High Resolution Melting (HRM) analysis is a relatively new, post-PCR analysis method used to identify variations in nucleic acid sequences. The method is based on detecting small differences in PCR melting (dissociation) curves. It is enabled by improved dsDNA-binding dyes used in conjunction with real-time PCR instrumentation that has precise temperature ramp control and advanced data capture capabilities. Data are analyzed and manipulated using software designed specifically for HRM analysis.

Advantages of HRM

  • Low reagent consumption, with little waste: HRM requires only PCR reaction volume (20 µL) for analysis of each sample, eliminating the need for HPLC solvents or DGGE gels
  • Simple, fast workflow: no additional instrumentation is required after PCR amplification. A high-resolution melt curve can be added to the end of the amplification run and analyzed immediately after completion
  • Fast optimization: unlike DHPLC, thermal optimization is not required
  • Low sample consumption: following HRM analysis, the PCR amplicon can be used directly in a Sanger sequencing reaction


Read how Dr. Birgit Ebner identifies variants by HRM in difficult samples.

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Methylation Analysis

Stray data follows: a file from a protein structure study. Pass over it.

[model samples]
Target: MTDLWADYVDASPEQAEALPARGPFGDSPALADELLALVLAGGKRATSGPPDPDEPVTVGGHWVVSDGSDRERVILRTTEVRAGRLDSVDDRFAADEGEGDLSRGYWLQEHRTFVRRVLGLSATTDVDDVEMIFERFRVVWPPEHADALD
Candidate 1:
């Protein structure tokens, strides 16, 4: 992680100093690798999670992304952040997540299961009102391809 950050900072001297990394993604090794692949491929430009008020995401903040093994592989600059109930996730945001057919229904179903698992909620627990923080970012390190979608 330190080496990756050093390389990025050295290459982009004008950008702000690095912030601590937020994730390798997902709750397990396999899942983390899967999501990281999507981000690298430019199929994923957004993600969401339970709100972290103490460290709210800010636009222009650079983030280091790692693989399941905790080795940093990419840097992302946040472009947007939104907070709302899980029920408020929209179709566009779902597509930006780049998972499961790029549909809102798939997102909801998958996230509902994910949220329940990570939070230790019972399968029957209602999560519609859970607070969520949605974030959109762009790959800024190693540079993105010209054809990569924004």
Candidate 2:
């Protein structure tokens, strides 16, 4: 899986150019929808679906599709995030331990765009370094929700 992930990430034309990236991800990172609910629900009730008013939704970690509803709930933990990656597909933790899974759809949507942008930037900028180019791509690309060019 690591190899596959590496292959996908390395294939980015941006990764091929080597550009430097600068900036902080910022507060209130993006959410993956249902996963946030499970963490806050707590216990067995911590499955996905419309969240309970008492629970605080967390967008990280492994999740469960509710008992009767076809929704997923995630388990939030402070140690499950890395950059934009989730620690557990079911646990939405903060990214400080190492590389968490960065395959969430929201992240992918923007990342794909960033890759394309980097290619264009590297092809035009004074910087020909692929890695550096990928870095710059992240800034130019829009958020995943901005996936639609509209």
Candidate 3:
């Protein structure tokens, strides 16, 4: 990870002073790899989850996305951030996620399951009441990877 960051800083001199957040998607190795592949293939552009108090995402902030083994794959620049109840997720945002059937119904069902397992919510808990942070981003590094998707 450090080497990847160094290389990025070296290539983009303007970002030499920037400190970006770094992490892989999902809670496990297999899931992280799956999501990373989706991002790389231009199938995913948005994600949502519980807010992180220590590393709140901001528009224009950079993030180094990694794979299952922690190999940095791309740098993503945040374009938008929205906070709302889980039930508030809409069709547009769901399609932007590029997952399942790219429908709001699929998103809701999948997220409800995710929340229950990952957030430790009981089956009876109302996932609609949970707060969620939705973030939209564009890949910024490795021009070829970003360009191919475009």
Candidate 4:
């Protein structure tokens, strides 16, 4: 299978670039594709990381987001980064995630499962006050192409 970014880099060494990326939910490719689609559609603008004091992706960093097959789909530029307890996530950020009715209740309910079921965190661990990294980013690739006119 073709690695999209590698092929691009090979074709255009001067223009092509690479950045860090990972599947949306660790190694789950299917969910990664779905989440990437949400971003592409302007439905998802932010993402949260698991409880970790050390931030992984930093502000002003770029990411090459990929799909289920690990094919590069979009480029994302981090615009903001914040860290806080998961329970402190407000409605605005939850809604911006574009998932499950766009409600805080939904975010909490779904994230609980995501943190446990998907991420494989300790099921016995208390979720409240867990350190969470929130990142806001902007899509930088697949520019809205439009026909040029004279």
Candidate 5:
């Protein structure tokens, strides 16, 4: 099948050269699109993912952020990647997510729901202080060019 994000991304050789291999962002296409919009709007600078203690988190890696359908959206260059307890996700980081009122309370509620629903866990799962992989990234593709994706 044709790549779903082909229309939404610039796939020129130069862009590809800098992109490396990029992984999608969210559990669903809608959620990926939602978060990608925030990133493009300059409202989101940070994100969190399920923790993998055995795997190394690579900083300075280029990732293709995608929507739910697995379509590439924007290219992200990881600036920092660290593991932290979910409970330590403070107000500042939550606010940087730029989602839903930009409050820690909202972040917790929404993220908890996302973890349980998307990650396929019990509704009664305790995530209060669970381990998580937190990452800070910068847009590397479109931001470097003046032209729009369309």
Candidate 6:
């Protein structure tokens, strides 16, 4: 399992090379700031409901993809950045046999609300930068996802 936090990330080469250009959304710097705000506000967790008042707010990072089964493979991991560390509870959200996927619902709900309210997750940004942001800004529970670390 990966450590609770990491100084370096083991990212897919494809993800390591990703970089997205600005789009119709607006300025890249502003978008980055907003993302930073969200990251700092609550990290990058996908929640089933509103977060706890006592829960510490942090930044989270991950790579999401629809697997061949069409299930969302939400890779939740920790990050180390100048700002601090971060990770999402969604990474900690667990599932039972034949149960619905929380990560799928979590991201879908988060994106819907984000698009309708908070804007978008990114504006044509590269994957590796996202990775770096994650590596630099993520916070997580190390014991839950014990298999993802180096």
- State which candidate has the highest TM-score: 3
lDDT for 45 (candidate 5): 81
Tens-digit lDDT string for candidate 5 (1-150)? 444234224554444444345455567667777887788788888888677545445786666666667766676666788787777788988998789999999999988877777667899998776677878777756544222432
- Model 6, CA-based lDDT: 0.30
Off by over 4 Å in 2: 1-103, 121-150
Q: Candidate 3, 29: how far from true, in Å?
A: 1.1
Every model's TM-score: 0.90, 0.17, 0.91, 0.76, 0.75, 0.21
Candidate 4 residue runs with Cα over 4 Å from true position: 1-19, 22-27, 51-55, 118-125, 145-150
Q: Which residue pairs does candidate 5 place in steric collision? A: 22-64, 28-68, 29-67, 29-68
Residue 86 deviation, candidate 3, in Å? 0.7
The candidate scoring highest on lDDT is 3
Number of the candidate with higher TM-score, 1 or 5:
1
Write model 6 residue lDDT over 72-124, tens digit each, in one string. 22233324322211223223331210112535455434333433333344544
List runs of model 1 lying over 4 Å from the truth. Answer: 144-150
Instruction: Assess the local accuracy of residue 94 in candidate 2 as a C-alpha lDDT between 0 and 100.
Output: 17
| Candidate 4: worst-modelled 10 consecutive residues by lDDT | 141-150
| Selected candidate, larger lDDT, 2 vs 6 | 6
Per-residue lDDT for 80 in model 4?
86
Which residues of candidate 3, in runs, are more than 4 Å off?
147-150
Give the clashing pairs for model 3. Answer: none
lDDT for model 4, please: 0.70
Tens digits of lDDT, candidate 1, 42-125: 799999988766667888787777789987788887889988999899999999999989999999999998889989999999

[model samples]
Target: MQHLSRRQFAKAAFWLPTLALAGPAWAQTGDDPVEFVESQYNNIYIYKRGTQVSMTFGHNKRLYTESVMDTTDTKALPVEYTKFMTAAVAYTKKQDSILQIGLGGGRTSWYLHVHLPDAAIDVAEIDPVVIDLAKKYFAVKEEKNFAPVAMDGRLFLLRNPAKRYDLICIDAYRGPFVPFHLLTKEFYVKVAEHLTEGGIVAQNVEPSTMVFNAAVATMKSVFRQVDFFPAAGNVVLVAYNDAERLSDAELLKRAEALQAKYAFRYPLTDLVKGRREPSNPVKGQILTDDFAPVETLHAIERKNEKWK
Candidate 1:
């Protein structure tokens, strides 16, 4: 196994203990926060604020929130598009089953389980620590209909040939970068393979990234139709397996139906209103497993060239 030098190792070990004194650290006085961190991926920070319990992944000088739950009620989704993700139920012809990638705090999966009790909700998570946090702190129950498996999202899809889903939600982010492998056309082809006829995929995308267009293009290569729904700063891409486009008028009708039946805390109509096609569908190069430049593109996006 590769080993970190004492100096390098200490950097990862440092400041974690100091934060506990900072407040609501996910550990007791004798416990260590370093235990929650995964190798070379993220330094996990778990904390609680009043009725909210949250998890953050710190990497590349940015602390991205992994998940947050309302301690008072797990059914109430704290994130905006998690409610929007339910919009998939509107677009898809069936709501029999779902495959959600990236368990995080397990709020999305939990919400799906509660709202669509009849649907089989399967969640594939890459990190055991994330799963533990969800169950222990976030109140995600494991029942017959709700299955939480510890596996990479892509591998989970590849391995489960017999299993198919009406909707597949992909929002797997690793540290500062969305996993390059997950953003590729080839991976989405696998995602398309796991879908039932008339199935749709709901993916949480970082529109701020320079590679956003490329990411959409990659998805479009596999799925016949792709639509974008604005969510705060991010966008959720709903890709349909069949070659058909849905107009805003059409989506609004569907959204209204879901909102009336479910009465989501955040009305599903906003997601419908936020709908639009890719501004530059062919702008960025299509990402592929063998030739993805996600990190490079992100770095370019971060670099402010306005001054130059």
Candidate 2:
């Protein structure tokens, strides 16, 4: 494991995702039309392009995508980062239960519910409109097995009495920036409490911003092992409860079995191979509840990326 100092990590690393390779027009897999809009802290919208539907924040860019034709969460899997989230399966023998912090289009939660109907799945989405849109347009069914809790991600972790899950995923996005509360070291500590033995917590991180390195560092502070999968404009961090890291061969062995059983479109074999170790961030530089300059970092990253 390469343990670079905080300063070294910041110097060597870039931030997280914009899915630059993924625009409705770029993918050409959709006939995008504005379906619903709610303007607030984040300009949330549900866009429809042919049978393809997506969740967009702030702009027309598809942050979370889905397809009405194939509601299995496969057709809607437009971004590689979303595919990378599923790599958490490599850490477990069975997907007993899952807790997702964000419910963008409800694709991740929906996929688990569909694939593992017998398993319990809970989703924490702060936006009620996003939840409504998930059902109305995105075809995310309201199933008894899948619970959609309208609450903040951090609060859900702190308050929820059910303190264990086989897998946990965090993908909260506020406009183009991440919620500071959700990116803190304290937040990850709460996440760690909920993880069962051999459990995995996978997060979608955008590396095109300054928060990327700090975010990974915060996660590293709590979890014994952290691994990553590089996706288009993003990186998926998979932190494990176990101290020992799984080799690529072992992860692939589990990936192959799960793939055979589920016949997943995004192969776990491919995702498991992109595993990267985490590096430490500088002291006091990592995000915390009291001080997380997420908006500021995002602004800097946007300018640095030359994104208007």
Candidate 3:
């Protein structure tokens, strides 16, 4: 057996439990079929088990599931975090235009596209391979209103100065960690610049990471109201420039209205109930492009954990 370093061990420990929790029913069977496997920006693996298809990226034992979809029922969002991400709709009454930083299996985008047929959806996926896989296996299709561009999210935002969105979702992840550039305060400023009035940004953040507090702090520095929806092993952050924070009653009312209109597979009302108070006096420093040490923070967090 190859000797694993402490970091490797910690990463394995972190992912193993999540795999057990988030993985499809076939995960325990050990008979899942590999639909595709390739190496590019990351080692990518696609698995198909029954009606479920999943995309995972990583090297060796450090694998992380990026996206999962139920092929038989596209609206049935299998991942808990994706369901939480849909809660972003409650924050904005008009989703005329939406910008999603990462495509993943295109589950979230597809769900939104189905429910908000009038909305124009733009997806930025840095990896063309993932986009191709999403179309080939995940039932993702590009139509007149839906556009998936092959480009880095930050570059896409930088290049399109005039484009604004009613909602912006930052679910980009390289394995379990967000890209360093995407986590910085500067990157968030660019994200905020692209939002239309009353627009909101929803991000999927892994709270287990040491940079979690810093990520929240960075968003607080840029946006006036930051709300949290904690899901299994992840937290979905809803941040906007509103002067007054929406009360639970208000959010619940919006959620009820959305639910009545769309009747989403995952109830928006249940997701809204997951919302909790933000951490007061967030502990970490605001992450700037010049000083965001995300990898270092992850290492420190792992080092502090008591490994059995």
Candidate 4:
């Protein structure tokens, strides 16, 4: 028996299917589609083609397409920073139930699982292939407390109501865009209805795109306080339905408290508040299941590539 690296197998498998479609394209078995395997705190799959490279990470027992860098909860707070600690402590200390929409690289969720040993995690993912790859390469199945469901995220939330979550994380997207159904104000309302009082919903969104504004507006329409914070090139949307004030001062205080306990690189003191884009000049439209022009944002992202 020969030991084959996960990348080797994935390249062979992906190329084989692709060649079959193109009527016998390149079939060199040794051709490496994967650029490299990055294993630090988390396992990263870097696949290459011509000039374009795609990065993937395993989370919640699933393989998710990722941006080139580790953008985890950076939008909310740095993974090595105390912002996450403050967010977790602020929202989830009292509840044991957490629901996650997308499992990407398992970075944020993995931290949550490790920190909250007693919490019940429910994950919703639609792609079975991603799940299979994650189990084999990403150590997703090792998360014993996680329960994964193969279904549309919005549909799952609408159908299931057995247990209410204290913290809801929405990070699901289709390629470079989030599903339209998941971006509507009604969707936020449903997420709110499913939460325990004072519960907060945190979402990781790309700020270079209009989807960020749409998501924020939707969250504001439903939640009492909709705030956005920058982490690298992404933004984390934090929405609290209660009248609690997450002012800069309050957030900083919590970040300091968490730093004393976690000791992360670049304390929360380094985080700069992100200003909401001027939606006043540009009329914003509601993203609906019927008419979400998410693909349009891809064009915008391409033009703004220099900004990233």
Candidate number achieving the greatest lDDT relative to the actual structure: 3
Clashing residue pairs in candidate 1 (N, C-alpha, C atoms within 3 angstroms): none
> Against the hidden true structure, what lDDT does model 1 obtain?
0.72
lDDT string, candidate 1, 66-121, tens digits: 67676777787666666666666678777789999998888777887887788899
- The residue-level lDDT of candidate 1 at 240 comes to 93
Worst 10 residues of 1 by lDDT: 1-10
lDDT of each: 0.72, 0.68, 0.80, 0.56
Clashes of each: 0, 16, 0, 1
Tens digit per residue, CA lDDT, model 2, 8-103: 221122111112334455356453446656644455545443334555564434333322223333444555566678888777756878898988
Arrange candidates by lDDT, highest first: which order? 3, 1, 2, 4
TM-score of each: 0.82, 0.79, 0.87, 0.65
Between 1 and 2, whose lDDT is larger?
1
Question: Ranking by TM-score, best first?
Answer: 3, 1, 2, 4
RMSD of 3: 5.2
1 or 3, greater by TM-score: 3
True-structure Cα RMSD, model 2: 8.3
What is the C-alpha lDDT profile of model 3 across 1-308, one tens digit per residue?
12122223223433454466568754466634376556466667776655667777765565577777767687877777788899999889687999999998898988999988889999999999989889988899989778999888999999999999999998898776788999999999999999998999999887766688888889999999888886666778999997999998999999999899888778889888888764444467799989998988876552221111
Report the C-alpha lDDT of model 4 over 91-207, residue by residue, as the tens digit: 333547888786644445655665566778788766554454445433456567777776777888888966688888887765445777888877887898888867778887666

HRM analysis can also be used to detect methylation differences between genes; this is known as methylation-specific high resolution melting (MS-HRM) analysis.


Mutation Scanning

High Resolution Melt analysis can be used to scan for mutations in target genes for the identification of variant samples prior to sequencing analysis.

Identify More New Variants, Quickly and Accurately

High Resolution Melting (HRM) analysis is an alternative to dHPLC sequencing screening of new gene variants. The HRM Software is now available on the 7500 Fast, StepOnePlus, and StepOne Real-Time PCR Systems. The StepOne (48-well) and StepOnePlus (96-well) Real-Time PCR Systems are remarkably simple systems designed with a user-friendly, yet powerful, interface for researches of all experience levels. The 7500 Fast Real-Time PCR System delivers precise results with fast thermal cycling in a standard 96-well format. The AB HRM application does not require temperature shifting, which results in a greater likelihood of identifying new homozygous mutations than methods that require temperature shifting. 
Figure 1: Difference plot generate on another plate based real-time HRM system.

The ability to easily identify new variants is key for successful HRM applications. An HRM system from Competitor R (Fig 1) was only able to distinguish them in 10% of the population.

By eliminating the temperature shift step, the Applied Biosystems HRM solution (Fig 2) was able to clearly distinguish homozygous variant samples from homozygous wild type samples in 97.5% of the population.

All genotypes were auto-called by the respective software packages and were not altered by the operator. Class 1 SNP (A/G), multiple technical replicates of nine DNA samples representing three genotypes: homozygous wildtype (G/G), homozygous mutant (A/A) and heterozygous (A/G).


For Research Use Only. Not for use in diagnostic procedures.